We changed our strategy. We removed the dual nozzle and went back to a single. We tuned the car with 116 and light spray of alky for cooling affect maybe about 10% and still hit our 760 numbers. Now we could race the car and keep the heads on it. We also did the same with pump gas and alky. Not too put the car on kill but to extend the range of pump gas for street driving and it worked nicely. When testing with EGT we would see very little change in temps. We were on the right track.

OPINION TIME : Alky is a great tool if used correctly. If you are using it to extend the range of pump gas or cooling affect with race gas its great. If you are putting a car on kill with it to up your HP numbers you can expect to have issues.

I don’t consider myelf an alky hater but you can come to your own conclusion.
Good info. It took me 3 melted holes in the front before i figured this out. I now also spray the minimum alky needed. I've noticed on hot days more is ok. But when air inlet temps dropped to the 40's on the street/track and the engine was making 700whp or more it got ugly in about 7-8 seconds. Another thing about using c16 out of a sealed drum is that you are throwing the pump gas variability away and no longer need to leave room for it. Timing can be maximized without worry. It only takes a little alky to drop the inlet air temp. If you're injecting more and the temp isn't dropping much more it's not vaporizing. That's when you get in big trouble.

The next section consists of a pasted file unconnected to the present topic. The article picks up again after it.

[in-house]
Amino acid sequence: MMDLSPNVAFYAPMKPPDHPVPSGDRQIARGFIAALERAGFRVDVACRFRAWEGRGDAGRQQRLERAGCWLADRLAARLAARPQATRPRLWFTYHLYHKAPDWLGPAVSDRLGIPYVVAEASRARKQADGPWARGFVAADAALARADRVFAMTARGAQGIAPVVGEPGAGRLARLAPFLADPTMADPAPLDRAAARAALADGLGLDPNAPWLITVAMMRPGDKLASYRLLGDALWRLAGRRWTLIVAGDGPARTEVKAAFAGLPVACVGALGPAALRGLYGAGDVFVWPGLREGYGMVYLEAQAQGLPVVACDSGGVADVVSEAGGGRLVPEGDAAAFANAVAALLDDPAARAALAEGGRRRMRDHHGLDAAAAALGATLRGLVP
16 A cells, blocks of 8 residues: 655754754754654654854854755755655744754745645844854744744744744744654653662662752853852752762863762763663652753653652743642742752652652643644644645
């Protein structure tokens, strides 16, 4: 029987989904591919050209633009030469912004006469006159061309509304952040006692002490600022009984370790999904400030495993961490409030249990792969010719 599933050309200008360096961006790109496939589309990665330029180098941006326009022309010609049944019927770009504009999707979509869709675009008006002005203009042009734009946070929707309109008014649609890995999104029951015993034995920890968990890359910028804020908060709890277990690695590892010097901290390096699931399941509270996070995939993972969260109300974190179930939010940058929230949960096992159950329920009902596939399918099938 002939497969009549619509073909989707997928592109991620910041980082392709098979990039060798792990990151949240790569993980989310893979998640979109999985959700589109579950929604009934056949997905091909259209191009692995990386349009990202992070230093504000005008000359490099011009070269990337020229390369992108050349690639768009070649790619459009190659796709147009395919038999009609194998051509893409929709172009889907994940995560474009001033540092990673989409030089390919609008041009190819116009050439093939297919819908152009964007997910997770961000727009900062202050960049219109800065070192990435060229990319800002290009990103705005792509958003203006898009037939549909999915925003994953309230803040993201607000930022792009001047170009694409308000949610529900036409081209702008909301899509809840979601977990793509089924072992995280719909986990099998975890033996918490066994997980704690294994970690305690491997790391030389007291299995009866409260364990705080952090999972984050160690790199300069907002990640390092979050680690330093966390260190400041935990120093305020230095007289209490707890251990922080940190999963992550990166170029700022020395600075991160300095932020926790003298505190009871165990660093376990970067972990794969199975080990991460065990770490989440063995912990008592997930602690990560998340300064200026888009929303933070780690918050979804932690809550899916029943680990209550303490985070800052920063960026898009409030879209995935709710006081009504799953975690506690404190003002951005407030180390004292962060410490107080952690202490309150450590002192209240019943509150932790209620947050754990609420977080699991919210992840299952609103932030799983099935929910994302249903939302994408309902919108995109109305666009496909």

SGRIM

Owner/Admin TB.com
Staff member
OPINION TIME : Alky is a great tool if used correctly. If you are using it to extend the range of pump gas or cooling affect with race gas its great. If you are putting a car on kill with it to up your HP numbers you can expect to have issues.

.

I would like to take a moment to point out how true I feel like this is...

I hate when a newb comes up here and someone says just put a 49 plus alky and set it on kill:mad:

Alky is a good aid but you have to realize what it is their for, Bryan I am sorry I know this has nothing to do with this thread;)

Lonnie, call a brother btw:biggrin:
 

chops

Member
I have to agree with bison on that alky for cooling and 116 at the track race fuel never let's you down!!!!!!!!!!
 

Slow91z

Turbobuick.com Helper
Staff member
Definitely some interesting info in here...Really sounds like making sure your alky vaporizes is important...Any one come up with a good way to preheat the alky??
 

bison

Moderator
Staff member
I have to agree with bison on that alky for cooling and 116 at the track race fuel never let's you down!!!!!!!!!!

It totally depends on the powder the engine is making. My blue car is fine at 30+psi on pump 93/alky but it only makes a little more than 500whp. Lots of room for error with alky distribution. Trying that with a 700whp setup leaves you with melted cylinders and thousands of $ lost.
 

quickt

Well-Known Member
Definitely some interesting info in here...Really sounds like making sure your alky vaporizes is important...Any one come up with a good way to preheat the alky??